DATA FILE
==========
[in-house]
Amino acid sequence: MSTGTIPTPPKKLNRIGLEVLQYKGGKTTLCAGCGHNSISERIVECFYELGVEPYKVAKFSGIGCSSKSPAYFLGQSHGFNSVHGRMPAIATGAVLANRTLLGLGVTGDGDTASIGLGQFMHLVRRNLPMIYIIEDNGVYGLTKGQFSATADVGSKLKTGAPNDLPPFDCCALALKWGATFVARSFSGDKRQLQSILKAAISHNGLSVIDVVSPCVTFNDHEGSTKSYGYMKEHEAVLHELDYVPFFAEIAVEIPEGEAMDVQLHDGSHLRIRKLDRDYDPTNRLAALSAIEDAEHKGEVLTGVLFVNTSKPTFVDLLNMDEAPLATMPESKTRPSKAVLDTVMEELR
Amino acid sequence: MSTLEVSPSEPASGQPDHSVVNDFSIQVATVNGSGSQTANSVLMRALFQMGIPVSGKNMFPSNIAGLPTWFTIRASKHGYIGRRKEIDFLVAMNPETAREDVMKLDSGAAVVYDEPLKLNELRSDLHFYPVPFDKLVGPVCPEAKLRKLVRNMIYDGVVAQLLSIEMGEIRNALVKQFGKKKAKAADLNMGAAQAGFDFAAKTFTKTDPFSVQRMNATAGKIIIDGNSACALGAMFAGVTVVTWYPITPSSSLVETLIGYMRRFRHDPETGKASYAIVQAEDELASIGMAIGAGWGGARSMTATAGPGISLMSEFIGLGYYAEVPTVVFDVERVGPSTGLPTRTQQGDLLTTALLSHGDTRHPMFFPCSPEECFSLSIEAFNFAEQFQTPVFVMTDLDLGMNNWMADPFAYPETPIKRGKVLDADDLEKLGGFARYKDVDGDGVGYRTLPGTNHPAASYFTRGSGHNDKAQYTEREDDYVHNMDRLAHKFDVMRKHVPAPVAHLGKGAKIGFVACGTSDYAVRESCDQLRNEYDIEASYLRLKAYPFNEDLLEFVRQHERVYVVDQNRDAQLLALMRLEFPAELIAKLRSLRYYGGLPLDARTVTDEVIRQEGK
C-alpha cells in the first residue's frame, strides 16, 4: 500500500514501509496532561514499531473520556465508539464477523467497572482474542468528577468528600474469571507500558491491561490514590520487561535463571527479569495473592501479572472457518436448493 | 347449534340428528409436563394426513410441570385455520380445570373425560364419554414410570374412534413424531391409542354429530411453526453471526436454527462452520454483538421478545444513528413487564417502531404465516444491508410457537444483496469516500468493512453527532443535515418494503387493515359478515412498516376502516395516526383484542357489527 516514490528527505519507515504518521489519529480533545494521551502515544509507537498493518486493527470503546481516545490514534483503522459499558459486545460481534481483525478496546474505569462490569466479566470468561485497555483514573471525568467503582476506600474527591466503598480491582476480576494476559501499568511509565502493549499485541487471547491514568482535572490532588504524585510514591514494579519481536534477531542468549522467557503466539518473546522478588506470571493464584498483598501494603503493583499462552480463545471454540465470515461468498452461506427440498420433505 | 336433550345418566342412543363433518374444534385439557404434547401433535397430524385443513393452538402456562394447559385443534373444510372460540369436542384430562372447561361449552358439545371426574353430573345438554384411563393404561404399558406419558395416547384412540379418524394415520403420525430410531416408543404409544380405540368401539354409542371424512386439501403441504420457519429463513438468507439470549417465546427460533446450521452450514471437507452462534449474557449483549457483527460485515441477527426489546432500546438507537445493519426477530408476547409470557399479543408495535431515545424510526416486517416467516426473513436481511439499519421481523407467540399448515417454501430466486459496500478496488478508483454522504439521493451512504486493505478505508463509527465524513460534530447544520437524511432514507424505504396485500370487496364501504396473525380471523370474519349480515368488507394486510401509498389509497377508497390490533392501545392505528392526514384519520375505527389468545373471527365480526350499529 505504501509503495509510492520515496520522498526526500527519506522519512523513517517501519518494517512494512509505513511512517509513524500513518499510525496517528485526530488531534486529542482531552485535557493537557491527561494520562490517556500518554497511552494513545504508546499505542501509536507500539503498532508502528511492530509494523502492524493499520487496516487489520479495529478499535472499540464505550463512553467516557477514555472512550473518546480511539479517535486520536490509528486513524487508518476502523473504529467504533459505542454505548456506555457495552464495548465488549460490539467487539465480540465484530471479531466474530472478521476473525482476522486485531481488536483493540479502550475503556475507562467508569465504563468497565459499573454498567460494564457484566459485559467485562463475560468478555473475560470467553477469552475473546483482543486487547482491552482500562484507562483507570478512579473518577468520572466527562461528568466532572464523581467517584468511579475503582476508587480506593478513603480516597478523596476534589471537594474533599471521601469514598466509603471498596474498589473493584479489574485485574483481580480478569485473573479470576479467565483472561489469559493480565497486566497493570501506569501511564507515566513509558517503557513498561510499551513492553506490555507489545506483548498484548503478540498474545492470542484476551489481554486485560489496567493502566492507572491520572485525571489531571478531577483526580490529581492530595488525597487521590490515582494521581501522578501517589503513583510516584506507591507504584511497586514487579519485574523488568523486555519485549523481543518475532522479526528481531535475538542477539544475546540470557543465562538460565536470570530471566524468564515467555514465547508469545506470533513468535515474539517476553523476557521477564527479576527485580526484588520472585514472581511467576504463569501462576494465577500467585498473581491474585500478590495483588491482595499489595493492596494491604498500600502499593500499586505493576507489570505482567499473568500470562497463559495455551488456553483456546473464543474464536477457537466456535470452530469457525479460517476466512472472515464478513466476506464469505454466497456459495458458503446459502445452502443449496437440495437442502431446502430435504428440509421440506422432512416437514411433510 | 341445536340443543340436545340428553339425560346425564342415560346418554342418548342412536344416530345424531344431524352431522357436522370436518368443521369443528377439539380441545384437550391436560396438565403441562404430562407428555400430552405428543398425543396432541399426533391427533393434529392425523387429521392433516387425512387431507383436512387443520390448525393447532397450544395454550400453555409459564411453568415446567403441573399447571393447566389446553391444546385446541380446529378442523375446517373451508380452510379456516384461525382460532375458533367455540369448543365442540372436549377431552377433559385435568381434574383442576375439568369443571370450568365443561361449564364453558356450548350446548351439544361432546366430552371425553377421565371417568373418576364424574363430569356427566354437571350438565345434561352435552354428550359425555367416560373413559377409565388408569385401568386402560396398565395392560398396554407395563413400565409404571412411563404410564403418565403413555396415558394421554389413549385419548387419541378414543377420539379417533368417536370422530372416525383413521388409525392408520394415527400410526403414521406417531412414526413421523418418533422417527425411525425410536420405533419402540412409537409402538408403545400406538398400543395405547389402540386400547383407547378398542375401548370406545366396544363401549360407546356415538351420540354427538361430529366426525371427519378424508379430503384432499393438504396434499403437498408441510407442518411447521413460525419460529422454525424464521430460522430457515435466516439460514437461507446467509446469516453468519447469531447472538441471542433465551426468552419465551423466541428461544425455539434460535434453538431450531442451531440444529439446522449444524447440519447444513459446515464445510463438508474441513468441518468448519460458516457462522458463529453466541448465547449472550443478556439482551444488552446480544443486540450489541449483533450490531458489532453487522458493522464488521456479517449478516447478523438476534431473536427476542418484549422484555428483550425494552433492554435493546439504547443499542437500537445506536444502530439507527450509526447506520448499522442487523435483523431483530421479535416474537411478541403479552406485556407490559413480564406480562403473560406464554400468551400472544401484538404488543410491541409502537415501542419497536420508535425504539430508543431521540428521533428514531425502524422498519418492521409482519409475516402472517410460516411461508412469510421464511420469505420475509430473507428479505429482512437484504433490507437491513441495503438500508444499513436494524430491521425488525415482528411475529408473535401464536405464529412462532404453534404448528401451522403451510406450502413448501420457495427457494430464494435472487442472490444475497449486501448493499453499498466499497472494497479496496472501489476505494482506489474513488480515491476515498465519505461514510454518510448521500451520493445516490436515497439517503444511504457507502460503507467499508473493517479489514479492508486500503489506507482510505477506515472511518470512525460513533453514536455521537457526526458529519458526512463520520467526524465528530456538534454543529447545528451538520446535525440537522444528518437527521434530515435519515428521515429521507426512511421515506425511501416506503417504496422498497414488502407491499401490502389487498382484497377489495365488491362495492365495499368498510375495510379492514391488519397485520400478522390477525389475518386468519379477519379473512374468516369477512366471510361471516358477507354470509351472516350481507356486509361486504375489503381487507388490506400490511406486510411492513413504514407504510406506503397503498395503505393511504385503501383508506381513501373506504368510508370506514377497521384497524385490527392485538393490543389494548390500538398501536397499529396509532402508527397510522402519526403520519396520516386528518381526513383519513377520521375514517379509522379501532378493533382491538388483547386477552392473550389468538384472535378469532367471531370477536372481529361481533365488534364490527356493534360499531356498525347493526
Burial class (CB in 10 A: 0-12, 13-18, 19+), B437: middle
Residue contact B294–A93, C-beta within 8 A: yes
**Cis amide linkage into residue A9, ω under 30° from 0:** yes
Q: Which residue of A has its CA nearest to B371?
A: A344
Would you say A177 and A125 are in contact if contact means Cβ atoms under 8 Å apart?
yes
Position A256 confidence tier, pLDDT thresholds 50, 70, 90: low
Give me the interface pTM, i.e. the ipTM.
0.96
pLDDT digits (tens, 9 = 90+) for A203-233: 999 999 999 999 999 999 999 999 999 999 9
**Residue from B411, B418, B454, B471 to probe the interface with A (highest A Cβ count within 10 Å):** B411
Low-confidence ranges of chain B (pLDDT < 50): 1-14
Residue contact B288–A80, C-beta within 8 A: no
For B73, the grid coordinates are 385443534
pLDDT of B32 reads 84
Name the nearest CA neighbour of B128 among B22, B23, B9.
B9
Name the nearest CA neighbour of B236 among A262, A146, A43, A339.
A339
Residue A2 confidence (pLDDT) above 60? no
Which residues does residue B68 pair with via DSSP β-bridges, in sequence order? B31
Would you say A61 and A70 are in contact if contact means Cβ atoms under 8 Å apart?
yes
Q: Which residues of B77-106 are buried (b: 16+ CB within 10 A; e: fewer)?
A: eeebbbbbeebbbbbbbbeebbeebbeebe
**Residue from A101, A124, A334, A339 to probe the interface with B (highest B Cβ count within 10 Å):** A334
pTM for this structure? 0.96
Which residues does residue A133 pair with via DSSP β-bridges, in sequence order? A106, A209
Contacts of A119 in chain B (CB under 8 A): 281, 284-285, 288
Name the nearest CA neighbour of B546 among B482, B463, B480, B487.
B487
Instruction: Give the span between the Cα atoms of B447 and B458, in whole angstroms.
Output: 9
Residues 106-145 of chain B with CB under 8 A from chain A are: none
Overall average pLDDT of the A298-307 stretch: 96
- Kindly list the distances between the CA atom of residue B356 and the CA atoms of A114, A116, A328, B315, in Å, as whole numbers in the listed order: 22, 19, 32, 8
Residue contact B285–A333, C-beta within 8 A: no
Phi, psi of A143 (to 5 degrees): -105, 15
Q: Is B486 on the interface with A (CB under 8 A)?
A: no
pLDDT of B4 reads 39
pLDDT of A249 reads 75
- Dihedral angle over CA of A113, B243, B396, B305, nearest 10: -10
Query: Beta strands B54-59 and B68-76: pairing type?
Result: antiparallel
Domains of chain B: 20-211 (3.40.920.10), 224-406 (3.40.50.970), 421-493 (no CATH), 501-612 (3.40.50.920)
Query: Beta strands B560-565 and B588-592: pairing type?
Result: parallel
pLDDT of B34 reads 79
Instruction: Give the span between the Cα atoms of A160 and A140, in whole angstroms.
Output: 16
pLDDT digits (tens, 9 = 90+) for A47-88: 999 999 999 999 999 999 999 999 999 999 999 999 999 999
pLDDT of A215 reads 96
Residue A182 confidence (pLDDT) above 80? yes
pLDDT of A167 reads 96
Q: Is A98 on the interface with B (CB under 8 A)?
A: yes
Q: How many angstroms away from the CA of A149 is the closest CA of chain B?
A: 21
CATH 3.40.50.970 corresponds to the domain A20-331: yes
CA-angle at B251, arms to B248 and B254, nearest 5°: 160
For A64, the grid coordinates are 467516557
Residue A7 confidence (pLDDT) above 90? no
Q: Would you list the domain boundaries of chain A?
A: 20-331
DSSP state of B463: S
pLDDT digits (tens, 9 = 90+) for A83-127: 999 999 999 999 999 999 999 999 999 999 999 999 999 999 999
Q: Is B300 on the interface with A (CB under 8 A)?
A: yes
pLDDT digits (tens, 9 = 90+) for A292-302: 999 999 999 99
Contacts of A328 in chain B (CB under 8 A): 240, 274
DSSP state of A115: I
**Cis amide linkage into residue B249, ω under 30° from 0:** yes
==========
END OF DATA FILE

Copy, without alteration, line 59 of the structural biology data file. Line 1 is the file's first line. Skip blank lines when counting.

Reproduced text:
Residue A182 confidence (pLDDT) above 80? yes